These markets will get hammered by border tax

A worker nails siding on a house under construction in Livermore, California.
David Paul Morris | Bloomberg | Getty Images
A worker nails siding on a house under construction in Livermore, California.

The introduction of a border tax adjustment (BTA) to the U.S. corporate tax code would be disruptive to currency markets, global trade, and global supply chains. Yet, although U.S. politicians have been discussing the idea for weeks, I have found little evidence that the market is currently discounting its implementation. In particular, several emerging markets stand to lose should the BTA be adopted, for a variety of reasons:

  • Not all exchange rates float freely: Since emerging market currencies are unlikely to depreciate to fully offset the BTA rate, it would become a de-facto trade tariff. This has the potential to hurt not just Mexico but also other emerging economies with a large share of their exports going to the US. At the same time, the competitiveness of U.S. exports vis-à-vis those of emerging economies would increase. Taking into account both industry and destination competition factors, along with the relevance of trade to their economies, the BTA could negatively impact not only Mexico but also a number of open Asian economies including Taiwan, Malaysia, Thailand, South Korea, as well as some Eastern European countries like Czech Republic, Hungary and Poland.
  • Prices of tradable goods are sticky and U.S. dollar-denominated: The vast majority of world trade is invoiced in only a handful of currencies, with the U.S. dollar being the most dominant. In addition, due to the existence of contracts and transaction costs, international prices in the currency of invoicing are quite insensitive to exchange rates in the short to medium term. This means that even in the hypothetical scenario where all world currencies adjust to fully offset the BTA, countries exporting to the U.S. would still be negatively affected due to the U.S. dollar denomination and stickiness of invoice pricing.
  • Tighter global financial conditions: Given the U.S. dollar's central role in global finance, a surge in the value of the U.S. dollar as a result of BTA implementation would tighten global financial conditions for emerging markets. Overall weaker emerging market currencies would make it challenging for corporate issuers with large U.S. dollar debts and local-currency earnings to honor their obligations. Sovereigns with large external financing needs would also struggle. Given their large current-account deficits, Turkey, Colombia, and South Africa could come under pressure.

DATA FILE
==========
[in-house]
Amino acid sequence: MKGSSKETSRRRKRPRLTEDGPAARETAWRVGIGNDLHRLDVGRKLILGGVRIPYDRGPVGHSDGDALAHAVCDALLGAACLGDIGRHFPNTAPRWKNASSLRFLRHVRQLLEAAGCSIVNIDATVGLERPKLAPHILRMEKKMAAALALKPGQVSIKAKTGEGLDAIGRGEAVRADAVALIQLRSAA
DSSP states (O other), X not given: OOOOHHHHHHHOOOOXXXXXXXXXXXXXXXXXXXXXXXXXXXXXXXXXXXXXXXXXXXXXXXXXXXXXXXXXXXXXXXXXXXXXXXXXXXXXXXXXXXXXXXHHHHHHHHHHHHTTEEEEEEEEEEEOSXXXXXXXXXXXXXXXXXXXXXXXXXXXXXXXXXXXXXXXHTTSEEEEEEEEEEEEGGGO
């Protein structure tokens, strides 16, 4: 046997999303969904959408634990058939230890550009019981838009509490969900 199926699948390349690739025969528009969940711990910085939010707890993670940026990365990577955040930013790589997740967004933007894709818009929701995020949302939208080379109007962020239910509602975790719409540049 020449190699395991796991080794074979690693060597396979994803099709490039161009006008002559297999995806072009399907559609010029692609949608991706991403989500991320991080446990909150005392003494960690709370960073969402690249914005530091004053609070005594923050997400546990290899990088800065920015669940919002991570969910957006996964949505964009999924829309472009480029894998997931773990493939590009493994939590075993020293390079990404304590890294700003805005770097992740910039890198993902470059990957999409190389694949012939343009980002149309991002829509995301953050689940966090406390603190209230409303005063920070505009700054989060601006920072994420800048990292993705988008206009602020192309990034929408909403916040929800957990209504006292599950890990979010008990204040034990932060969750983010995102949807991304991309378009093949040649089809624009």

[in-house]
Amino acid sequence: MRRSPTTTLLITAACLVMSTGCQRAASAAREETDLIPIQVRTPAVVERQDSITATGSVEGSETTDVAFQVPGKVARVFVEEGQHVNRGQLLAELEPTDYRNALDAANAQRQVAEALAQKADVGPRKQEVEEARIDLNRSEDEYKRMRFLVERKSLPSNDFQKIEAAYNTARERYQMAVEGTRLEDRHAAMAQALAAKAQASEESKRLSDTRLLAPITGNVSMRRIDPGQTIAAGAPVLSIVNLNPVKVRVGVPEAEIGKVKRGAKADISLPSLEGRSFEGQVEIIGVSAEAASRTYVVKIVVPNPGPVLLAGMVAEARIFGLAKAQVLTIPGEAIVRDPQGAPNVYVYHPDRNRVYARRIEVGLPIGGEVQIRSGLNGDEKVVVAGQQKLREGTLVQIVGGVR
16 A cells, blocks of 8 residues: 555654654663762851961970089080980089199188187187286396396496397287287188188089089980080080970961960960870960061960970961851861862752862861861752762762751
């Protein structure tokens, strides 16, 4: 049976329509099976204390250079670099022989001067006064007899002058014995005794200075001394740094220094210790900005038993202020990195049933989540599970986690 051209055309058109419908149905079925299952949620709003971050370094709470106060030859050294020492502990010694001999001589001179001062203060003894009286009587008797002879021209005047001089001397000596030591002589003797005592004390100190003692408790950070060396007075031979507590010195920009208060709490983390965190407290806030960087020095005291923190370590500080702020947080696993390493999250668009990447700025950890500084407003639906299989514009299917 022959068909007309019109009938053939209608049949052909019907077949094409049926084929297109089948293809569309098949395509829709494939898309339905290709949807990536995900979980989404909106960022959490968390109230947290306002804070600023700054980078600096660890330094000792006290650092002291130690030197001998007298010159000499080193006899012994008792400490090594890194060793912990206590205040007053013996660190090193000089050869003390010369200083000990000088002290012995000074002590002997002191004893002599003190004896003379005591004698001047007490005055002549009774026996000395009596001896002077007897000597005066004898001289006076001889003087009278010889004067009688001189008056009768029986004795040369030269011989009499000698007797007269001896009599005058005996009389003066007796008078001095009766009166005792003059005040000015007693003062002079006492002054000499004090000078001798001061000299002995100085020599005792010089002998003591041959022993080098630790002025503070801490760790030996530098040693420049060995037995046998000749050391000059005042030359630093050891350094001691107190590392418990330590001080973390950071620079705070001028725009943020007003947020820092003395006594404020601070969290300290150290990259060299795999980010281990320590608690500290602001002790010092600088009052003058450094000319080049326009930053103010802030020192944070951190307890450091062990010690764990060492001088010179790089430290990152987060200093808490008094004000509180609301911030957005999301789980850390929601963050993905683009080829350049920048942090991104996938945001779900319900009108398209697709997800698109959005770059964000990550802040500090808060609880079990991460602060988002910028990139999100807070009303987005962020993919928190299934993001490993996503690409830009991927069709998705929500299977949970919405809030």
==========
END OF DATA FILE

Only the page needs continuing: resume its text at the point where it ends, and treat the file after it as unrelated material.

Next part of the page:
• Global supply chains and FDI disruptions: The BTA and other provisions of the U.S. tax plan under discussion provide an incentive for corporations to relocate production overseas back to the U.S. This would have an impact on globally integrated production lines and foreign direct investment (FDI) flows into emerging markets. In this regard, countries with a large share of U.S. FDI to GDP would suffer, including of course Mexico (around 20 percent), but also Hungary (around 10 percent) and Brazil and Thailand (both around 5 percent).

Since tax legislation needs U.S. Congressional approval, the process of reshaping the tax code is certain to take months, and the final legislation may not be approved until the end of the year or even early 2018. In addition, we do not yet expect it to be included in the approved version of the tax reform in the base case scenario.

What is clear, however, is that this U.S. policy initiative is worth monitoring and, if approved, is unlikely to be supportive of emerging market economies and assets, considering we find little evidence that the market is currently discounting its implementation.

Commentary by Alejo Czerwonko, emerging market strategist at UBS Wealth Management.

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